|Question||We mentioned how difficult it can be for the Federal Reserve to actually control aggregate demand: Its control over the broader money supply (M1 and M2) is weak and indirect, plus it can’t control velocity very much at all. Let’s translate the following bullet points from the chapter into an expanded aggregate demand equation. You know that increasing AD means increasing spending growth, but now you know that M (growth in M1 or M2, money measures that include checking accounts) depends on growth in the monetary base (MB) and on the money multiplier (MM). That means an increase in AD requires an increase in
Let’s apply this fact to the following cases mentioned in the chapter. In all cases, the Federal Reserve is trying to boost AD by raising But if there’s a fall in or a fall in at the same time, the Fed’s actions might do nothing to AD.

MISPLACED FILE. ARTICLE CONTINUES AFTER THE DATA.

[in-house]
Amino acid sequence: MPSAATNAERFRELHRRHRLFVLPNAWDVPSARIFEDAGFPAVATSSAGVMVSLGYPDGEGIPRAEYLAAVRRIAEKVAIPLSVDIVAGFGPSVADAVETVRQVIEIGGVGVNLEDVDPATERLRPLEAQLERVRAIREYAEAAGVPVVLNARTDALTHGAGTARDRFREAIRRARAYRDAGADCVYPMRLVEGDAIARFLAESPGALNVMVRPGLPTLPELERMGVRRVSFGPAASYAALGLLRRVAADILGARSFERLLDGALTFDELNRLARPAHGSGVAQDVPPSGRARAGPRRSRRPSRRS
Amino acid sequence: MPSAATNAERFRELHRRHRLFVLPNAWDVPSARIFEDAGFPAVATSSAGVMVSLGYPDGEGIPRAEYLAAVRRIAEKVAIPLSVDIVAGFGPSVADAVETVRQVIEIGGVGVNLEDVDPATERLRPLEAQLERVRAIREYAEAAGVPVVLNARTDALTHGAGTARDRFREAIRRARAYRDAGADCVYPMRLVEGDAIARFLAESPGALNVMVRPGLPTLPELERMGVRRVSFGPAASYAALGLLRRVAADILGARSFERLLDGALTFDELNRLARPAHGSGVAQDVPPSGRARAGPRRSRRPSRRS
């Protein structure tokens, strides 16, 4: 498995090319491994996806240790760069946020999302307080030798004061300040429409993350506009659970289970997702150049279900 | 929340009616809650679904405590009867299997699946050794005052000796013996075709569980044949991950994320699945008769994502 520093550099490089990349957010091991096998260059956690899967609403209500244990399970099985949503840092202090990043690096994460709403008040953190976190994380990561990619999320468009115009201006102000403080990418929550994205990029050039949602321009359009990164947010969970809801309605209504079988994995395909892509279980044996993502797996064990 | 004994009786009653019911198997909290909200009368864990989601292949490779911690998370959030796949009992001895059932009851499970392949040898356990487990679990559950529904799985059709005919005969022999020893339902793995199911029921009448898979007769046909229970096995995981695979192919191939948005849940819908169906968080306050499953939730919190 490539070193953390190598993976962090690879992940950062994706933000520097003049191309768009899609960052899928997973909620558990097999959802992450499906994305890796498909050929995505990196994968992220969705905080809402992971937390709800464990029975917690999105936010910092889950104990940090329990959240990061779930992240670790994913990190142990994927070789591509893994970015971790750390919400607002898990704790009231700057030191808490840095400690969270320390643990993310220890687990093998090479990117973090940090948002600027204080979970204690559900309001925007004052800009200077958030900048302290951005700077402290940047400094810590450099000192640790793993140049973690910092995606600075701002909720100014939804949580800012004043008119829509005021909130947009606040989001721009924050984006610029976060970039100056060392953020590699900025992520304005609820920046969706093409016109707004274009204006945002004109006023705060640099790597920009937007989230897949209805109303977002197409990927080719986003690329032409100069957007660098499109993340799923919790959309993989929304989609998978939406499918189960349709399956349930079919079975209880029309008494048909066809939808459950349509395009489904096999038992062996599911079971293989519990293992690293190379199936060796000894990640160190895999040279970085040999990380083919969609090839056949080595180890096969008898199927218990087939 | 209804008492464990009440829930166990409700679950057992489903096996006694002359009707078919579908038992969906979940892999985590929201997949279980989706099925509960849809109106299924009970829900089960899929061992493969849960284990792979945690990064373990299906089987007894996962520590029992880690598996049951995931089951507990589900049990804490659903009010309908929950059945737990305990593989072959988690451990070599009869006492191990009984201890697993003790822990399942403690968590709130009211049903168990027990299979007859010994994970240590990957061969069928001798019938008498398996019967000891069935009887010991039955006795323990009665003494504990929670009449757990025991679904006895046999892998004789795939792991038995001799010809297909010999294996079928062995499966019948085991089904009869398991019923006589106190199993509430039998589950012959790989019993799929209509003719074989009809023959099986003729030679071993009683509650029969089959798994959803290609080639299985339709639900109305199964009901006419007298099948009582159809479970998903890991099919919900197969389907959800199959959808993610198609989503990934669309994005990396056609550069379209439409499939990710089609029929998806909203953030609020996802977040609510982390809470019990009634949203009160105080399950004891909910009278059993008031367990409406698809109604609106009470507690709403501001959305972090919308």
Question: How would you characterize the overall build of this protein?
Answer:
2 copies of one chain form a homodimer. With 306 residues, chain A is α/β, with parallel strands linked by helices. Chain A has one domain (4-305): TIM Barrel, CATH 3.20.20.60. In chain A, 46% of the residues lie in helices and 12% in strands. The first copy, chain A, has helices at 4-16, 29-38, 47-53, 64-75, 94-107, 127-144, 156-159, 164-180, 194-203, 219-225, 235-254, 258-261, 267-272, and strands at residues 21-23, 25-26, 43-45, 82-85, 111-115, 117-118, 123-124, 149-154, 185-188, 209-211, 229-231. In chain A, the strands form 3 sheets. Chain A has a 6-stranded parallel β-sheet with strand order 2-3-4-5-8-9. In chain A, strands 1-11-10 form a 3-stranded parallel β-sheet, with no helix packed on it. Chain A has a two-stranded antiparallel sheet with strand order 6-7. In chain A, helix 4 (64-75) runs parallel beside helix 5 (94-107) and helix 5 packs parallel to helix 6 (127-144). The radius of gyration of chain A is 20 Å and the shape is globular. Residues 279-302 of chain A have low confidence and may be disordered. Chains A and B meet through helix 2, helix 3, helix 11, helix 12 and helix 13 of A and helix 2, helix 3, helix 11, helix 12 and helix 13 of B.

In each case below, what are we concerned about: a fall in or a fall in ?
a. Will banks lend out all the new reserves or will they lend out only a portion, holding the rest as excess reserves?
b. Will increases in the monetary base translate into new bank loans?
c. If businesses do borrow, will they promptly hire labor and capital, or will they just hold the money as a precaution against bad times?